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Have you taken a good look at your nonprofit website recently? If you haven’t conducted an overhaul of your website in the last few years, it might start to look outdated and not reflect your nonprofit’s current brand. 

Refreshing your website allows your nonprofit to generate excitement and online engagement for your cause. This is especially important if you’re preparing for a major campaign where you’ll need to recruit online support, like a Giving Tuesday initiative or crowdfunding campaign. 

In this post, we’re going to look at steps for revitalizing your nonprofit’s website to ensure it remains a powerful marketing tool for your organization. Many of these tips come from Kanopi’s comprehensive guide to making a website that lasts. We’ll specifically look at these top strategies:

  1. Revisit your strategy.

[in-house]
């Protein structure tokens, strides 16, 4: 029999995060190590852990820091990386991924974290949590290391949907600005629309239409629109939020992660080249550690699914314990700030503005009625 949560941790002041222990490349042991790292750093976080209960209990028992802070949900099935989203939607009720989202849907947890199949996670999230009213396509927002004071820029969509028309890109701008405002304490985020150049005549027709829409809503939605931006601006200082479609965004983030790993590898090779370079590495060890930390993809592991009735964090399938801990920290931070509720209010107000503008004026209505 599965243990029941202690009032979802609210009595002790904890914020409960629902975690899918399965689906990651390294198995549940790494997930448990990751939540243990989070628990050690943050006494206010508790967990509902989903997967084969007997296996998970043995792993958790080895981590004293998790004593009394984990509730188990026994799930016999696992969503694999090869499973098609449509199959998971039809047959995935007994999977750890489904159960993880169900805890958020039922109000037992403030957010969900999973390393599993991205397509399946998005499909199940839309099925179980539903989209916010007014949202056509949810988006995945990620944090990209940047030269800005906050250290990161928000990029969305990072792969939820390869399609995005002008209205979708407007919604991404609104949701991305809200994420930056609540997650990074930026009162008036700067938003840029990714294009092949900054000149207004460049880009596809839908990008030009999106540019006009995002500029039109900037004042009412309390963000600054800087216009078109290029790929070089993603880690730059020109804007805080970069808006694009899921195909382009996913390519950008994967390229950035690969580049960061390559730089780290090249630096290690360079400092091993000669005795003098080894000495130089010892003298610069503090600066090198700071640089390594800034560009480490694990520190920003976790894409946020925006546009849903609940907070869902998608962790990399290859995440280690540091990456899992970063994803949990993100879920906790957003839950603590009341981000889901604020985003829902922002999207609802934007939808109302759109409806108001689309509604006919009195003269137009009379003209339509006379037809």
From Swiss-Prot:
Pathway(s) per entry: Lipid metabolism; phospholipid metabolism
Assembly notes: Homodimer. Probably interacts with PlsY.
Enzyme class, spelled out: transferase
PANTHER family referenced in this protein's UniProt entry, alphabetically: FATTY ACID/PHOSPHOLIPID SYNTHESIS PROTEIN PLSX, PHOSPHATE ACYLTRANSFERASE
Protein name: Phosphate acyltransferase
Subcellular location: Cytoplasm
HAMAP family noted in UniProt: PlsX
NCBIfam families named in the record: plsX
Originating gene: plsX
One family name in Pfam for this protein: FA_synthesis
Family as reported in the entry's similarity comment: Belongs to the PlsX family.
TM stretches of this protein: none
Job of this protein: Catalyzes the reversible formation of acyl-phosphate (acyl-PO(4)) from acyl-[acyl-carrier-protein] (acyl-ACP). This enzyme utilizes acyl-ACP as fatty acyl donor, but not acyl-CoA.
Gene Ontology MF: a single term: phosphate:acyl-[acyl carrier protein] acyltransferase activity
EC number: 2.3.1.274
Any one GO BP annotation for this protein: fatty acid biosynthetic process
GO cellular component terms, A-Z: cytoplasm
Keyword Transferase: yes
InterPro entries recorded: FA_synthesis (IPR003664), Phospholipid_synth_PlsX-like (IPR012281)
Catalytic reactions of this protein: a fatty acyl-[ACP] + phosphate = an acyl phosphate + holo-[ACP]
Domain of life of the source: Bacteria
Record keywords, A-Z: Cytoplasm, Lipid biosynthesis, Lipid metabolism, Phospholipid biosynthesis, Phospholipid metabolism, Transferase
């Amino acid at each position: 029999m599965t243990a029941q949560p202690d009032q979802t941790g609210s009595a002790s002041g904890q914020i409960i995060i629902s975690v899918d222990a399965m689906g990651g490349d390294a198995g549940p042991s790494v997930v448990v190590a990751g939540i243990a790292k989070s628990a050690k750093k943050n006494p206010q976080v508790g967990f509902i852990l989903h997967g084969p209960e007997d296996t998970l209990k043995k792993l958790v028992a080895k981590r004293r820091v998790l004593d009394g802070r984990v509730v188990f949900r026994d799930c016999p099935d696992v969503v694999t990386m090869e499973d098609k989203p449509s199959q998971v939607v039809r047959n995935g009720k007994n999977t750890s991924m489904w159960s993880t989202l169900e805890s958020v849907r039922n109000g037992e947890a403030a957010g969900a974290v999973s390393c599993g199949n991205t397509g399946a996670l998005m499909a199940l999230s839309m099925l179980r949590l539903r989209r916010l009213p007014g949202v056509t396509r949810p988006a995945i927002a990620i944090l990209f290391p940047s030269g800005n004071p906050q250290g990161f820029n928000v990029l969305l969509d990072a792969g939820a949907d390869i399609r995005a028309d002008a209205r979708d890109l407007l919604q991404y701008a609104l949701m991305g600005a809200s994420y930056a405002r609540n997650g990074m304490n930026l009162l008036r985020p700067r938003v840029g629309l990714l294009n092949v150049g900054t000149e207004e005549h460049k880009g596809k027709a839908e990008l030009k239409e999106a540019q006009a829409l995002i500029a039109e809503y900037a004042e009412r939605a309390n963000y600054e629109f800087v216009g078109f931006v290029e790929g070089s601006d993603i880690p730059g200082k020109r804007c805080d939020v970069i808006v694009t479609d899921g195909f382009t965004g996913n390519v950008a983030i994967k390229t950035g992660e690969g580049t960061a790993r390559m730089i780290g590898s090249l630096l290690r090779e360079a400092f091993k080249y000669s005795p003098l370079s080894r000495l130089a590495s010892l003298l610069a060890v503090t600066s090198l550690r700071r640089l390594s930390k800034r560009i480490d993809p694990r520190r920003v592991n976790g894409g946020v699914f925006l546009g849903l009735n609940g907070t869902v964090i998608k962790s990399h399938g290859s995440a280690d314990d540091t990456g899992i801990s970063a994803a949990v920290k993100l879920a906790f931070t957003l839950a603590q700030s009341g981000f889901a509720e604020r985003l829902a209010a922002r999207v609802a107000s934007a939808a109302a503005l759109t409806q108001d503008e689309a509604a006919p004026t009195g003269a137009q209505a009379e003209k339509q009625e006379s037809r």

2. Conduct regular maintenance.
  3. Make giving simple and user-friendly.
  4. Test, test, and test again!

Online giving and mobile giving continue to be some of the most popular ways to donate thanks to their convenience. Is your nonprofit equipped to improve the online donating experience? Dive in to find out!

1. Revisit your strategy.

Every website refresh should start with a strategy review. Identify your current website strategy and assess whether it’s still meeting your organization’s marketing needs

Specifically, review the aspects of your strategy that affect your audience and your nonprofit’s goals. This includes taking steps to: 

  • Refresh your user personas and journeys. Reassess your audience to determine whether your target market has changed. For example, you might have expanded your audience in recent years to reach new demographics. Take a closer look at your website to see if your user journeys or pathways still align with your core audience’s interests and needs. If not, it could be time to rewrite your user journeys to better appeal to your donors, volunteers, and other stakeholders.